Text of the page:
76ers

Sixers-Clippers observations: Young guns help snap skid

Sixers-Clippers observations: Young guns help snap skid

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LOS ANGELES — Welcome back to Philadelphia. I mean, Los Angeles. It was hard to tell by how loud the fans for the opposing team were at the STAPLES Center. 

There were tussles, dunks and back-and-forth basketball in front of a divided crowd Monday night in the Sixers’ 109-105 win. 

• The Sixers started off hot in California. Early on, Robert Covington and Ben Simmons combined to outscore all of the Clippers 17-16. The Sixers dominated the first quarter, 36-28, as only Lou Williams was in a rhythm for the Clippers. 

• You could feel the tension brewing between Joel Embiid and Willie Reed less than two minutes into the second quarter, and it was no surprise things got chippy. Reed took exception to Embiid’s defense when he was called for a traveling violation. Embiid pointed at Reed and smiled it off, which didn’t exactly squash the issue. Quite the opposite, actually. 

On the next trip down the court, Reed pulled Embiid down by the shoulder as the Sixers’ center went up at the basket. Embiid hit the ground, bounced back up and got in Reed’s face (see video). The big men were separated and Reed was issued a Flagrant 1 foul.

• The Sixers pushed their lead up to 14 points five minutes into the second quarter. The Clippers kept chasing, though, and finished the half on a 9-2 run while the Sixers missed four shots and committed three turnovers. The Sixers led 55-53 at halftime, fueled by 19 points by Embiid. 

• The third was another problematic quarter for the Sixers, just like their last game against the Warriors. They squandered a nine-point lead with just over seven minutes to go and found themselves trailing after the Clippers went on a 12-2 spurt. Embiid scored just four points in the third. 

• This was the type of game that felt like it would come down to the buzzer. Embiid tied the game 100 apiece off a cutting layup from Simmons with 1:18 to play. Embiid tried to take the lead at the basket against Reed, who grabbed the rebound off the miss and this time drew the foul on Embiid. Reed gave the Clippers a 101-100 edge off a free throw, but Dario Saric found Covington for three on the other end. Simmons grabbed a Williams miss and drained both his free throws after getting fouled. Austin Rivers reacted with his own trey and it was a one-point game with 11.9 seconds remaining. Covington sealed the win with four free throws in the final 10 seconds. 

• Time to update Embiid’s career notables. Embiid played a career-high 36 minutes (what minute restrictions?), grabbed a career-high 16 rebounds, and scored a season-high 32 points. Covington also set a new career high with 31 points off only 12 field goal attempts.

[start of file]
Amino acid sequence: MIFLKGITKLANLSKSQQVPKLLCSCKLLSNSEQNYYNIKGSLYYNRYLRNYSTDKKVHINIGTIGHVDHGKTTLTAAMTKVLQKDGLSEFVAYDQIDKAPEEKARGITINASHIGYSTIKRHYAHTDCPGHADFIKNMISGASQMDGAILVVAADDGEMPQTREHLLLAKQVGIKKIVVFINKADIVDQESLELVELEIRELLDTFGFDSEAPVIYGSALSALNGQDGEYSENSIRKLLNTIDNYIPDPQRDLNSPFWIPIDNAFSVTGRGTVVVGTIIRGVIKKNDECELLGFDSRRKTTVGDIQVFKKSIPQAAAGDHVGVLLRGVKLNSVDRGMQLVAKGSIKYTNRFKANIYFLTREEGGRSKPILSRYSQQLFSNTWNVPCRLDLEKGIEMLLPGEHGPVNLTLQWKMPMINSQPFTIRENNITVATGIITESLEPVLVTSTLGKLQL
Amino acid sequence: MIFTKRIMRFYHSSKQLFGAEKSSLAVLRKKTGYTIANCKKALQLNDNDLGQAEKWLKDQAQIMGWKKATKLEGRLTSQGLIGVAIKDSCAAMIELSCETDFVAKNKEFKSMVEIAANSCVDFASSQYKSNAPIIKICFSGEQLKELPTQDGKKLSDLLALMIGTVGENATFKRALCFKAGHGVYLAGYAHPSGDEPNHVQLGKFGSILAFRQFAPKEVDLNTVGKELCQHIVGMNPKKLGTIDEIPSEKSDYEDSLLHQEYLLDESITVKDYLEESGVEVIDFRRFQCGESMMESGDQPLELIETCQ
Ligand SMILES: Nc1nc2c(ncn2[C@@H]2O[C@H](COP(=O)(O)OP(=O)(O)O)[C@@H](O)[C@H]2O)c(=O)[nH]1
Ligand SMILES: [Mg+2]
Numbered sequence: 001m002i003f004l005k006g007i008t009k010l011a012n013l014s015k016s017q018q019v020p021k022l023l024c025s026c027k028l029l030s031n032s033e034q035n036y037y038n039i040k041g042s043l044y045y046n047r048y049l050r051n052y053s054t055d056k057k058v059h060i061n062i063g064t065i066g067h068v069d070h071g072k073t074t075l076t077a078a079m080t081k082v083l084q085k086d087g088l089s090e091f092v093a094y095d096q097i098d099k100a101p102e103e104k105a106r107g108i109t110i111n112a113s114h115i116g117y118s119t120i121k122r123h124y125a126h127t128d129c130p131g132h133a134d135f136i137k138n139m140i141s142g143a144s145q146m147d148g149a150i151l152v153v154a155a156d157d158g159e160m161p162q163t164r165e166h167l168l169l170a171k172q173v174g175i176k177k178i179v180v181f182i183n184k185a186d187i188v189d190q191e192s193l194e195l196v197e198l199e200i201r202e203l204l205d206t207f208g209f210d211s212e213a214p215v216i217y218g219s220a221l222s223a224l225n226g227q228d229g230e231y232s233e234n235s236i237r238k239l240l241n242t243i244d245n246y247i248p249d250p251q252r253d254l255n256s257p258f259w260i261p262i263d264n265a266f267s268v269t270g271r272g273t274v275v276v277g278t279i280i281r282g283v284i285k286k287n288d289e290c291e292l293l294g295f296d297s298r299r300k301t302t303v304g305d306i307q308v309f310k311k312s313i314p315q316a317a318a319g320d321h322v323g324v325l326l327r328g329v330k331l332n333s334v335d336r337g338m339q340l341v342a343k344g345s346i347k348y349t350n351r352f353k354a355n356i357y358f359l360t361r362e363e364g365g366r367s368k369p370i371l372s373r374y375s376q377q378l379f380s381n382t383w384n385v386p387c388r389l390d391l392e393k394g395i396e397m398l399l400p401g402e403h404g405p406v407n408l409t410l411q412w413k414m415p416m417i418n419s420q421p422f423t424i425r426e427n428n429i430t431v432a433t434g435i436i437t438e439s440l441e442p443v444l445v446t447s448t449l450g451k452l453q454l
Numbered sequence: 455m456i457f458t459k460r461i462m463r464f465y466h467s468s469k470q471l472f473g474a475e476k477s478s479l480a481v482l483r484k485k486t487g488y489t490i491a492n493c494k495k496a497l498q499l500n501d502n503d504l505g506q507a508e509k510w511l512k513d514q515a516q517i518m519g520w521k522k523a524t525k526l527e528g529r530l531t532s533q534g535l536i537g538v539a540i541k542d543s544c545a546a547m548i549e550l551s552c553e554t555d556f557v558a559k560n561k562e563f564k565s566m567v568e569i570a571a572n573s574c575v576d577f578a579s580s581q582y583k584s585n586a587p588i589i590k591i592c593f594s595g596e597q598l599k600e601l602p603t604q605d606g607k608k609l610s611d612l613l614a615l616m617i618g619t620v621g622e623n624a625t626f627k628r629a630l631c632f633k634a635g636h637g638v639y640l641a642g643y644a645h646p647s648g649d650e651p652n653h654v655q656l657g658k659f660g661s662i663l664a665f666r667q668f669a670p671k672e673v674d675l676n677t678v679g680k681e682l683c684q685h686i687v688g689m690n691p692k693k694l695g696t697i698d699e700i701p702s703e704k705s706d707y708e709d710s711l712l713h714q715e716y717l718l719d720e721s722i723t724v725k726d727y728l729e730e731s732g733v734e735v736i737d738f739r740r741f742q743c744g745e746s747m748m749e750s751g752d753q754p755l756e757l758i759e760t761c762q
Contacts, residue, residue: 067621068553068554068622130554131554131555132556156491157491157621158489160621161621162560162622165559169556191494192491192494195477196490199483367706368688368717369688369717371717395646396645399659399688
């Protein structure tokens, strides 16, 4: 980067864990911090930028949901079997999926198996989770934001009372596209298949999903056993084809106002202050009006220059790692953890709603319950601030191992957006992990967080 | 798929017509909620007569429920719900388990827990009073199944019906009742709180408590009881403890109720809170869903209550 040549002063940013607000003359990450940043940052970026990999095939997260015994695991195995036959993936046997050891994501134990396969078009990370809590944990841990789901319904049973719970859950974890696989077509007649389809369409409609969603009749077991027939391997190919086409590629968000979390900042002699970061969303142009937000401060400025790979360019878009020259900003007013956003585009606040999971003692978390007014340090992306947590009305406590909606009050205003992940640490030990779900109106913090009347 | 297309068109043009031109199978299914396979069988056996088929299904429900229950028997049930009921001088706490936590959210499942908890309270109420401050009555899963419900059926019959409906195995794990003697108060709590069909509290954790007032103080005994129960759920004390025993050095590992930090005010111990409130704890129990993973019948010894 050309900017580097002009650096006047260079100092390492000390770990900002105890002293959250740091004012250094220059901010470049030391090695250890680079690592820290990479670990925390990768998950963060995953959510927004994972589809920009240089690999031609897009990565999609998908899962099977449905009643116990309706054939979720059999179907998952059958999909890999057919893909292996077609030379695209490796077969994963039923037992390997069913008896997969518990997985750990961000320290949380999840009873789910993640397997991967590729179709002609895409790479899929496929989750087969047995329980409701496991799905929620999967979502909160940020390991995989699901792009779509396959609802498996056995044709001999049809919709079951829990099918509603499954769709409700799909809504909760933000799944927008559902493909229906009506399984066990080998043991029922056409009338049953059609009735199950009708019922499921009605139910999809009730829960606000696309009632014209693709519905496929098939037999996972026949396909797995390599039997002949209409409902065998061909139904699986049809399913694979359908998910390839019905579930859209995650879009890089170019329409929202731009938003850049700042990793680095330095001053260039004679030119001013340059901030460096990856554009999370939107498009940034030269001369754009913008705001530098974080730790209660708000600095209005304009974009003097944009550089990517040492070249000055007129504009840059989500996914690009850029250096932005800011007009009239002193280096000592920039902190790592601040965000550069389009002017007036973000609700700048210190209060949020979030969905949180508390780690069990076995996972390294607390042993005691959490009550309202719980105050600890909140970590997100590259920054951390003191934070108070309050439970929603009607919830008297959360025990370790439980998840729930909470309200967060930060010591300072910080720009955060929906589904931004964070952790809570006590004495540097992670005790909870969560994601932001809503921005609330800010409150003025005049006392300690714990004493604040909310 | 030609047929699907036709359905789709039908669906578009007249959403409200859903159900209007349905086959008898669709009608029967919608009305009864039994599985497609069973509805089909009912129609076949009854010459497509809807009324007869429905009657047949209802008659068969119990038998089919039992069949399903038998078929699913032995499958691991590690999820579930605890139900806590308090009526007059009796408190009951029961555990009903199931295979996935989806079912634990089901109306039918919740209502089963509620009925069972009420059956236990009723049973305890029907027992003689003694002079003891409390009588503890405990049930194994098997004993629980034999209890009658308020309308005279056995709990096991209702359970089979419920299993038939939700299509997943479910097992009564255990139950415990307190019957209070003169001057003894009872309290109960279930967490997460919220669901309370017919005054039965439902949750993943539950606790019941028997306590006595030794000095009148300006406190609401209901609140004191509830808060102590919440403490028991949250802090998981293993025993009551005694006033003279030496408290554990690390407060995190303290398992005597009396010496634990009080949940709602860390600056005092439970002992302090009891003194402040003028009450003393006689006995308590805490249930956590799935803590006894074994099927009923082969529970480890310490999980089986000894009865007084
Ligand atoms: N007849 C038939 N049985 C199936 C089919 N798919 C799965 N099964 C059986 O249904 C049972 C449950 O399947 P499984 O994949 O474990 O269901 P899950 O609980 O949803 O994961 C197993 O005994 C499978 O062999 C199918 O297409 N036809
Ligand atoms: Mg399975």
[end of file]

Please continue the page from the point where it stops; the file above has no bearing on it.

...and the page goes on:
• Simmons continues to make double-doubles routine. He recorded his eighth of his rookie season with 22 points and 12 rebounds (see video). Simmons also put on a dunk spectacular throughout the night.

• Remember that note earlier about Williams being in a rhythm in the first? He more than doubled his scoring total in the fourth and finished the game with 31. Brett Brown couldn’t have been that surprised. Earlier in the day he said, "I’m a personal fan of Lou Williams. I just can’t believe he scores still like he scores. He really can score the ball." 

• JJ Redick, who played four seasons for the Clippers, faced his former team for the first time. He struggled on the familiar court, shooting 1 for 7 from three and 3 for 10 overall from the field (10 points). The Clippers thanked Redick with a tribute video in the first quarter. 

• Injury updates: Jerryd Bayless (left wrist), Markelle Fultz (right shoulder) and Nik Stauskas (right ankle) remained sidelined for the Sixers. Jahlil Okafor (upper respiratory) also was ruled out. Patrick Beverley (right knee), Danilo Gallinari (left glute) and Milos Teodosic (left foot) were out for the Clippers. 

• Fultz (not in uniform) joined the Sixers on the court as they warmed up out of halftime. The team may have found an unofficial addition to the coaching staff as the rookie was rebounding and assisting on three-point drills after shootaround earlier in the day.

Injuries too much for Sixers to overlook Justin Anderson, Timothe Luwawu-Cabarrot inconsistency

Injuries too much for Sixers to overlook Justin Anderson, Timothe Luwawu-Cabarrot inconsistency

The Sixers have proven to have extraordinary patience with injuries. They’ve recently stood by as Nerlens Noel, Joel Embiid, Jahlil Okafor, Ben Simmons and Markelle Fultz missed chunks or even full seasons.

That’s fine if you’re a top-tier lottery pick expected to be a building block for the franchise. But those same assurances aren’t often afforded to role players.

Hence why reserves Justin Anderson (Atlanta Hawks) and Timothe Luwawu-Cabarrot (Oklahoma City Thunder) were shipped away as part of an agreement on a three-team trade Thursday.